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High Blood Pressure Education Month

written by Tessa Chatham Registered Nurse Written by Tessa Chatham Registered Nurse
Tessa Chatham Registered Nurse

Tessa Chatham Registered Nurse

Tessa is a MSN prepared Registered Nurse with 10 years of critical care experience in healthcare. When not practicing clinical nursing, she enjoys academic writing and is passionate about helping those affected by medical aliments live healthy lives.

Read more posts by this author.

May 17, 2022 Read Time - 6 minutes

May Is High Blood Pressure Education Month

May is High Blood Pressure Education Month. During this month, blood pressure is discussed as well as ways to reduce high blood pressure. The division for Heart Disease and Stroke Prevention (DHDSP) dedicated the month of May to High Blood Pressure Education Month to better educate the public about the risks of hypertension.

High blood pressure is often called the silent killer because it usually does not have any symptoms, but has already caused damage to your body. High Blood Pressure Education Month discusses ways to reduce high blood pressure, what numbers determine high blood pressure, and how to manage high blood pressure once diagnosed.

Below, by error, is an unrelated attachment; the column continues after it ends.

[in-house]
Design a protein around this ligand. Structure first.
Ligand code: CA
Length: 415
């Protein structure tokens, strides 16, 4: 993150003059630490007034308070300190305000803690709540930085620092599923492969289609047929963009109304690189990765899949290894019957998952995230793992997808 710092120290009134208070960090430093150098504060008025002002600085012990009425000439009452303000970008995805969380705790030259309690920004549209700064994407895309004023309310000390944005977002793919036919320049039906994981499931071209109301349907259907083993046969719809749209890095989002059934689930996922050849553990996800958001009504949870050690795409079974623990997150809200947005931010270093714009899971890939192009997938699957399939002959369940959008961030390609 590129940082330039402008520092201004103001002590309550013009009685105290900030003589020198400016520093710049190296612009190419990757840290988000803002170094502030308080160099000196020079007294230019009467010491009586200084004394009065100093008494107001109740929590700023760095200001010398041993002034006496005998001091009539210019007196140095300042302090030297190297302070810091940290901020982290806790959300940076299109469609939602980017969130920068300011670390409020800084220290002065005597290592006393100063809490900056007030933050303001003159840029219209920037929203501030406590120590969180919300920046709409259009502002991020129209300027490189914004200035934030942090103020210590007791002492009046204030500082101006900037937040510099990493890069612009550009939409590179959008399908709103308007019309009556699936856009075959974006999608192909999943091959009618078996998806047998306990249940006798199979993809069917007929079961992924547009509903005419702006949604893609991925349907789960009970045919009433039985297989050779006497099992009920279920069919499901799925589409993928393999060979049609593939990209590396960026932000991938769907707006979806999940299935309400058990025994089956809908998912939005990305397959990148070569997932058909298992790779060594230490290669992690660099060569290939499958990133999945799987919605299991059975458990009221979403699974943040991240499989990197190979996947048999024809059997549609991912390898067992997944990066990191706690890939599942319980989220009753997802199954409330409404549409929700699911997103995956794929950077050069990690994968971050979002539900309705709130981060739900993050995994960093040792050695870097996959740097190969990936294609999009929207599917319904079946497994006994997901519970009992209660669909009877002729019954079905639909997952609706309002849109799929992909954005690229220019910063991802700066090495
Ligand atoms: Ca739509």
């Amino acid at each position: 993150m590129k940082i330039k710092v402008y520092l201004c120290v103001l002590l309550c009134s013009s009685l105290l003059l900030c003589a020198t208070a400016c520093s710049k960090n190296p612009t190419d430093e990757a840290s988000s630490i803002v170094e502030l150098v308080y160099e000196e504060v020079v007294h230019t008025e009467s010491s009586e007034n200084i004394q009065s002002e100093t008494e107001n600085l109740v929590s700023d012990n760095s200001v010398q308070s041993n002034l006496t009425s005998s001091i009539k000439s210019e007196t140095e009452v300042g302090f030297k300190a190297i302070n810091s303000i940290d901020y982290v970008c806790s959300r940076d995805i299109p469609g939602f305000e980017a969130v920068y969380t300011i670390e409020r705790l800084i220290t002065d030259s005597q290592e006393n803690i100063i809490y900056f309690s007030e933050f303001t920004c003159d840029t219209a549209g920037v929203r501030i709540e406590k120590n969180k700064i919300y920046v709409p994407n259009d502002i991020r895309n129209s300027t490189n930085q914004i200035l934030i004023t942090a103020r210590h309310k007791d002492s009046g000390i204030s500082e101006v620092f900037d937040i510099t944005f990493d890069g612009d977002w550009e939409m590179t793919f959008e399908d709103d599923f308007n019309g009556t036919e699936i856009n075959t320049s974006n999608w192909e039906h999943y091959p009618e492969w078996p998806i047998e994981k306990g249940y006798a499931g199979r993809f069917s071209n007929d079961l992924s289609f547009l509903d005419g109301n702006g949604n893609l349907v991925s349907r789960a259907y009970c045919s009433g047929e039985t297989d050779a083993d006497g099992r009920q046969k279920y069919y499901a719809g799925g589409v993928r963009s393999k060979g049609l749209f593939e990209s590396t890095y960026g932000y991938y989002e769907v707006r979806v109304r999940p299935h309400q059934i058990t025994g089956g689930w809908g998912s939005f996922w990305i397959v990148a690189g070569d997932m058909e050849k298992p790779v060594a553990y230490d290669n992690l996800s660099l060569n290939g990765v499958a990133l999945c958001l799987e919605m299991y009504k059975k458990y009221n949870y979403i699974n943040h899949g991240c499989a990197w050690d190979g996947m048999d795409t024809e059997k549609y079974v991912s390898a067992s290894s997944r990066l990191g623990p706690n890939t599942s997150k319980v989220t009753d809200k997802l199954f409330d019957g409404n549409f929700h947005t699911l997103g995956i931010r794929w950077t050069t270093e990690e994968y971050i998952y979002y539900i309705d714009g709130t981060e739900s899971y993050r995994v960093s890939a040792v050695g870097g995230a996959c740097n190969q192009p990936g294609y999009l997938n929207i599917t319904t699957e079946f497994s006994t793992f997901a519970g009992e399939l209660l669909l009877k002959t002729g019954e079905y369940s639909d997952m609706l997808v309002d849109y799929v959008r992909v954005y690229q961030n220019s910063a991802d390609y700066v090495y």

High Blood Pressure Education Month is also called hypertension awareness month. This initiative is sponsored by the Centers for Disease Control and Prevention (CDC) and recognized by the National Heart, Lung, and Blood Institute (NHLBI). National High Blood Pressure Education Month raises awareness about the impact of hypertension.

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What is High Blood Pressure?

The medical term for high blood pressure is called hypertension and is defined as abnormally high blood pressure measurements. The American Heart Association has set forth guidelines that determine normal, elevated, stage 1, stage 2, and crisis measurements. Normal blood pressure is defined as 120/80 or less.